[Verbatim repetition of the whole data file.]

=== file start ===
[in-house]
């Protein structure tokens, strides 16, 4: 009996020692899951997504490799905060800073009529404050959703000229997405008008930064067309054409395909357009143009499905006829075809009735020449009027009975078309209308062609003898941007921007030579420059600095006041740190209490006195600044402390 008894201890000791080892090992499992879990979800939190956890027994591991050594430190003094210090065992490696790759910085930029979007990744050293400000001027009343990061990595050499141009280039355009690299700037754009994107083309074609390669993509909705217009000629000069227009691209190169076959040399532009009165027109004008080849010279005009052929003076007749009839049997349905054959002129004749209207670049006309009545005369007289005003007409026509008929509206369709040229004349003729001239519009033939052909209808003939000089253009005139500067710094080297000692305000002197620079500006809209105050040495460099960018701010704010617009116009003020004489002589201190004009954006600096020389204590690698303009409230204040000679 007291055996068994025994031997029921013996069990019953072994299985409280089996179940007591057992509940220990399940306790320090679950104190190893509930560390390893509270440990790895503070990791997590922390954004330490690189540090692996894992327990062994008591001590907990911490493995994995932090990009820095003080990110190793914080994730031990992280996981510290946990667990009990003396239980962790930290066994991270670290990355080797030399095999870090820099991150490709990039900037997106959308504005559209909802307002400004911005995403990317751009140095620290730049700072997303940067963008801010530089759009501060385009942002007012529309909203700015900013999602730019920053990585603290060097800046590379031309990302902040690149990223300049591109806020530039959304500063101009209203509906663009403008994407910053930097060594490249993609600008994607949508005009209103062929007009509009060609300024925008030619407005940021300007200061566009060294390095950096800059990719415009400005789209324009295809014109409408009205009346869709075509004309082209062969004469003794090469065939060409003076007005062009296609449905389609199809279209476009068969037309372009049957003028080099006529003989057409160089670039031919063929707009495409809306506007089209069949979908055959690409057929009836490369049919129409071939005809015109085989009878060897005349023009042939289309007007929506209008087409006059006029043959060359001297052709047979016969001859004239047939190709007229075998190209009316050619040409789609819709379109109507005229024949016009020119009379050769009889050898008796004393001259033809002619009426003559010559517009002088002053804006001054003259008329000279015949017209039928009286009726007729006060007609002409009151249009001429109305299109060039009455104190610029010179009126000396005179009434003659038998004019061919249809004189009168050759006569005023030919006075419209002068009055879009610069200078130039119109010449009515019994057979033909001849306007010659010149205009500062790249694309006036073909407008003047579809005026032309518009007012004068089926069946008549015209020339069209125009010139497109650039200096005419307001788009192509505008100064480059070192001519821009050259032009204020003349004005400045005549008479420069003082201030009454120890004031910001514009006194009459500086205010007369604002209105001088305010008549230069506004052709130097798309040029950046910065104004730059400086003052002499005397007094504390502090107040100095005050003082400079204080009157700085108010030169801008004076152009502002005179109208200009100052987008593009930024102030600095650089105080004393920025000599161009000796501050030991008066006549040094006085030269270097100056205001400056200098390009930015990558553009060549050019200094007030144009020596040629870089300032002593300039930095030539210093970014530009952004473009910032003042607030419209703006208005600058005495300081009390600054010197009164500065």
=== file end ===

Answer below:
[in-house]
């Protein structure tokens, strides 16, 4: 009996020692899951997504490799905060800073009529404050959703000229997405008008930064067309054409395909357009143009499905006829075809009735020449009027009975078309209308062609003898941007921007030579420059600095006041740190209490006195600044402390 008894201890000791080892090992499992879990979800939190956890027994591991050594430190003094210090065992490696790759910085930029979007990744050293400000001027009343990061990595050499141009280039355009690299700037754009994107083309074609390669993509909705217009000629000069227009691209190169076959040399532009009165027109004008080849010279005009052929003076007749009839049997349905054959002129004749209207670049006309009545005369007289005003007409026509008929509206369709040229004349003729001239519009033939052909209808003939000089253009005139500067710094080297000692305000002197620079500006809209105050040495460099960018701010704010617009116009003020004489002589201190004009954006600096020389204590690698303009409230204040000679 007291055996068994025994031997029921013996069990019953072994299985409280089996179940007591057992509940220990399940306790320090679950104190190893509930560390390893509270440990790895503070990791997590922390954004330490690189540090692996894992327990062994008591001590907990911490493995994995932090990009820095003080990110190793914080994730031990992280996981510290946990667990009990003396239980962790930290066994991270670290990355080797030399095999870090820099991150490709990039900037997106959308504005559209909802307002400004911005995403990317751009140095620290730049700072997303940067963008801010530089759009501060385009942002007012529309909203700015900013999602730019920053990585603290060097800046590379031309990302902040690149990223300049591109806020530039959304500063101009209203509906663009403008994407910053930097060594490249993609600008994607949508005009209103062929007009509009060609300024925008030619407005940021300007200061566009060294390095950096800059990719415009400005789209324009295809014109409408009205009346869709075509004309082209062969004469003794090469065939060409003076007005062009296609449905389609199809279209476009068969037309372009049957003028080099006529003989057409160089670039031919063929707009495409809306506007089209069949979908055959690409057929009836490369049919129409071939005809015109085989009878060897005349023009042939289309007007929506209008087409006059006029043959060359001297052709047979016969001859004239047939190709007229075998190209009316050619040409789609819709379109109507005229024949016009020119009379050769009889050898008796004393001259033809002619009426003559010559517009002088002053804006001054003259008329000279015949017209039928009286009726007729006060007609002409009151249009001429109305299109060039009455104190610029010179009126000396005179009434003659038998004019061919249809004189009168050759006569005023030919006075419209002068009055879009610069200078130039119109010449009515019994057979033909001849306007010659010149205009500062790249694309006036073909407008003047579809005026032309518009007012004068089926069946008549015209020339069209125009010139497109650039200096005419307001788009192509505008100064480059070192001519821009050259032009204020003349004005400045005549008479420069003082201030009454120890004031910001514009006194009459500086205010007369604002209105001088305010008549230069506004052709130097798309040029950046910065104004730059400086003052002499005397007094504390502090107040100095005050003082400079204080009157700085108010030169801008004076152009502002005179109208200009100052987008593009930024102030600095650089105080004393920025000599161009000796501050030991008066006549040094006085030269270097100056205001400056200098390009930015990558553009060549050019200094007030144009020596040629870089300032002593300039930095030539210093970014530009952004473009910032003042607030419209703006208005600058005495300081009390600054010197009164500065």